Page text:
If I had to describe Yoga to the average guy I'd say it's a workout and a stretch packed into one intensive practice session, plus some other mind-body-soul stuff I'm not going to pretend to understand. Not all Yoga schools teach the discipline in the traditional way that Schoolhouse Yoga does. For example, the instructor finished the beginners class I attended with chanting "Ohm-Ohm-Ohm," which I knew from Grateful Dead shows, where tourheads would chant it while trying to mooch a beer or a ticket. Seriously though, the chanting was relaxing and was followed by a period of relaxation, during which the main instructor read aloud to the class words of the Buddha and during which she also chanted in what sounded like Hindi.

Yoga is an excellent way to develop strength, flexibility, balance, posture, controlled breathing, or just a strong sense of well being. I've never before had a workout as invigorating in such a whole-body way. The rush I got from Yoga I could only compare to my experiences with martial arts. I think both Yoga and martial arts involve getting the blood pumping all over in similar ways.

After the session, I asked an acquaintance who also had taken his first class, what he thought of it.

"It was relaxing," he said.

I wondered what room he'd been in, if the workout was relaxing. Or maybe I'm just in terrible shape, I don't know. It seems to me that the intensity of the workout that you get in Yoga depends upon how much you put into it. You can take it easy and not push yourself, or you can go for it. But even if you just go through the motions without pushing yourself, you're likely to get a workout.

A week later, I still felt that muscle that had popped, but I ignored it.

Tuesday, August 23, 2005

I want to know why

I want to know why Pittsburgh Organizing Group members think they ought to be able to deny others the right to kill themselves in a stupid war.

I want to know why many of the brave protesters of POG cover their faces with bandanas like outlaws. And I want to know why so many of them wear all black clothing.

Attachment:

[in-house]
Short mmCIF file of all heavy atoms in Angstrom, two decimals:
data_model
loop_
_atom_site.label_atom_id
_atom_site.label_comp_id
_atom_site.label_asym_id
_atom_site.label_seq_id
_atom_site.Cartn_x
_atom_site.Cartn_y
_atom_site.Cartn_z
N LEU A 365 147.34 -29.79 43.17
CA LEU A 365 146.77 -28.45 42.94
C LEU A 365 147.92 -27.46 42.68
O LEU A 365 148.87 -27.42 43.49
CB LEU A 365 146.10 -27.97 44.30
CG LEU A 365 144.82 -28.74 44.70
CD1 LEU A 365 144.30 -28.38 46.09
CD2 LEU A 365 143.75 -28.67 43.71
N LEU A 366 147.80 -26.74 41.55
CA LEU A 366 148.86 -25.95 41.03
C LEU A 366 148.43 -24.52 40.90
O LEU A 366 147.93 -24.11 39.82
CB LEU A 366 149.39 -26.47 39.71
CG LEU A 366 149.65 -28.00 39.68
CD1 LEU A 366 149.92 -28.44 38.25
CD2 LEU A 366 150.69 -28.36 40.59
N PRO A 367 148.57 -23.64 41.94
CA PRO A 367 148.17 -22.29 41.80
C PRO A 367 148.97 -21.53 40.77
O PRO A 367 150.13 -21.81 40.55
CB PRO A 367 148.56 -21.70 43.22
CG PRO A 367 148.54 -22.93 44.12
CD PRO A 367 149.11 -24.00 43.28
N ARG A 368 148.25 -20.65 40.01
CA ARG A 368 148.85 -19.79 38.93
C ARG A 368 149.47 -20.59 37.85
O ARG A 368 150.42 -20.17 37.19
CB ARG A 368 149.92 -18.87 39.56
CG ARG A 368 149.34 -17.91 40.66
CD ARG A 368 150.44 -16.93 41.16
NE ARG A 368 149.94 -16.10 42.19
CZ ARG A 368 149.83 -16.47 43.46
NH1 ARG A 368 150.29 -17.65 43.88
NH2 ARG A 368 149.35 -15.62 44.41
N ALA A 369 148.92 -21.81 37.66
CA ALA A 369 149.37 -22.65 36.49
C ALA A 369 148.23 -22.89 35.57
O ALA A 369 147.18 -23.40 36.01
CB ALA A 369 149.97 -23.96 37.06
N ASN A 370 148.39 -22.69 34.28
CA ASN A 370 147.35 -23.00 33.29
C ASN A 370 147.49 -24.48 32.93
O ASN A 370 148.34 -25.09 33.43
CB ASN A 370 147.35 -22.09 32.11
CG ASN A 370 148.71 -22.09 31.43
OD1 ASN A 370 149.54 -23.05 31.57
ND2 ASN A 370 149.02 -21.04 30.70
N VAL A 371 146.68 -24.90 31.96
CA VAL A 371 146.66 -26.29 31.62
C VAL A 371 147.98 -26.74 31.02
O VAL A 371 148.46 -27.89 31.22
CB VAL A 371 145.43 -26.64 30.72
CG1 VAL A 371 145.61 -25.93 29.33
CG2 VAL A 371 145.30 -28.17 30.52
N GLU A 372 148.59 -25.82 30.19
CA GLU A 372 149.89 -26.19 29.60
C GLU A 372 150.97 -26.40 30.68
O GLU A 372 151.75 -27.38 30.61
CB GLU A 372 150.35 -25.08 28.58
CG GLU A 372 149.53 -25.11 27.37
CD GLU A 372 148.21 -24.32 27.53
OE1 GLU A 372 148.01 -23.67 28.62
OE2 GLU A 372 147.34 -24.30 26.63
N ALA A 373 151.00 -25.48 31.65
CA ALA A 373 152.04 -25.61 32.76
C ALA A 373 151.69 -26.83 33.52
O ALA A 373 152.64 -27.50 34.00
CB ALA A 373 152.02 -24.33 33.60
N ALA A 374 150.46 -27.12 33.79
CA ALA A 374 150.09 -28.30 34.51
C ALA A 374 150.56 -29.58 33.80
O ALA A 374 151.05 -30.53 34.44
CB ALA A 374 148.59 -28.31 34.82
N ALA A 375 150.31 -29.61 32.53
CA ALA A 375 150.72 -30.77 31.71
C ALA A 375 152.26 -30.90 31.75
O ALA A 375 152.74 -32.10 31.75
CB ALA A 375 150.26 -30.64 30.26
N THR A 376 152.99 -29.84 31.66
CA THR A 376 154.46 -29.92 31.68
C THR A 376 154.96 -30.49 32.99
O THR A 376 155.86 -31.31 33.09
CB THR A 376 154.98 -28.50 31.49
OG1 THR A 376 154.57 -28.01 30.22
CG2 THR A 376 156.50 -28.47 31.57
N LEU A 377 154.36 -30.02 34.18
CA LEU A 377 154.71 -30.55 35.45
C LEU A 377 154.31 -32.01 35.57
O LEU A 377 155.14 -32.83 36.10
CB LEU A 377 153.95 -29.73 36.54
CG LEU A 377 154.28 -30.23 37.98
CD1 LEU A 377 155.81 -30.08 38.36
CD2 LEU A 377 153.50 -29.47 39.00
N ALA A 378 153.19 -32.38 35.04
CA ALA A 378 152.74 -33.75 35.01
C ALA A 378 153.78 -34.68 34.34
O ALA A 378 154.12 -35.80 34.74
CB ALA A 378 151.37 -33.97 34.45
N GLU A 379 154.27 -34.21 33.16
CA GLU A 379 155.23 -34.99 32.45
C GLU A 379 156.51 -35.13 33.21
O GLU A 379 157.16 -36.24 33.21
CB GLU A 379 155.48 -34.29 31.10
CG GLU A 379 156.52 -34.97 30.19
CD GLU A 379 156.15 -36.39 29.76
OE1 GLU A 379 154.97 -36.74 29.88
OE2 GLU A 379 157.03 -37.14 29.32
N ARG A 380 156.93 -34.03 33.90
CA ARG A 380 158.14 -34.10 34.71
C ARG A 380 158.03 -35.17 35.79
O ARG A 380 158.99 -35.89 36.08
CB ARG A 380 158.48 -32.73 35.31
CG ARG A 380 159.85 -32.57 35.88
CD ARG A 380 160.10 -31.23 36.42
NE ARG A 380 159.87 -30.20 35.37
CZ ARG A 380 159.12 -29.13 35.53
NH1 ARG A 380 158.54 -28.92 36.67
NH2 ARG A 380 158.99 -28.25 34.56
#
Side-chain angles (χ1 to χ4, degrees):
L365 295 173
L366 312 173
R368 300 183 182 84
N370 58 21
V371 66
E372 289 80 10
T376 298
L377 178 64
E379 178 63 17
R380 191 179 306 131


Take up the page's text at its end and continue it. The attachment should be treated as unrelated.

I want to know why high school students are going to my old school, Carnegie Mellon, and protesting military recruiting there.

I’d like to hear how protesting recruiting will do a damn bit of good in bringing a reasonable end to this stupid Iraq War.

I’d like to know what the average age of a POG member is, and how they recruit high school students into their group.

I’d find it interesting to know how many POG members feel that they are “anarchist.” Judging from the POG web site, which has no contact names or phone numbers, anarchists are the New Liberals.

It seems to me that recent protests by POG have gotten increasingly violent, and now POG members are saying Pittsburgh Police officers brutalized them in their most recent protest of a closed recruiting station in Oakland. From the TV footage, it’s clear that the protestors were attacked by police officers with tasers and dogs. But police said the incident escalated after a protestor blindsided a freelance cameraman working for Fox news. The cameraman plans to press charges against the assaulting protestor.

Since I also am a freelance journalist, I want to know if POG members think that they should be able to push around freelancers.

The following excerpt is from a note calling for participation in the August 20 protest. It is on POG’s web site:

“POG calls for a non-violent day of direct action on August 20th to shutdown military recruitment in Pittsburgh. We support a diversity of tactics for this day of action. By this we mean we encourage and support any and all non-violent actions (whether symbolic, direct, passive, confrontational, etc.) taken to expose, confront, and disrupt the war machine and military recruitment in Pittsburgh.”

I would like to know, what is direct nonviolence? And what is confrontational nonviolence?

Besides Alex Bradley, Brian Dipippa, James Knopf, David Meieran, Nathan Shaffer, T.J. Hicks and Marie Skoczylas, who else is a member of POG?

I want to know how much direction and how much funding, if any, POG is receiving from the Thomas Merton Center.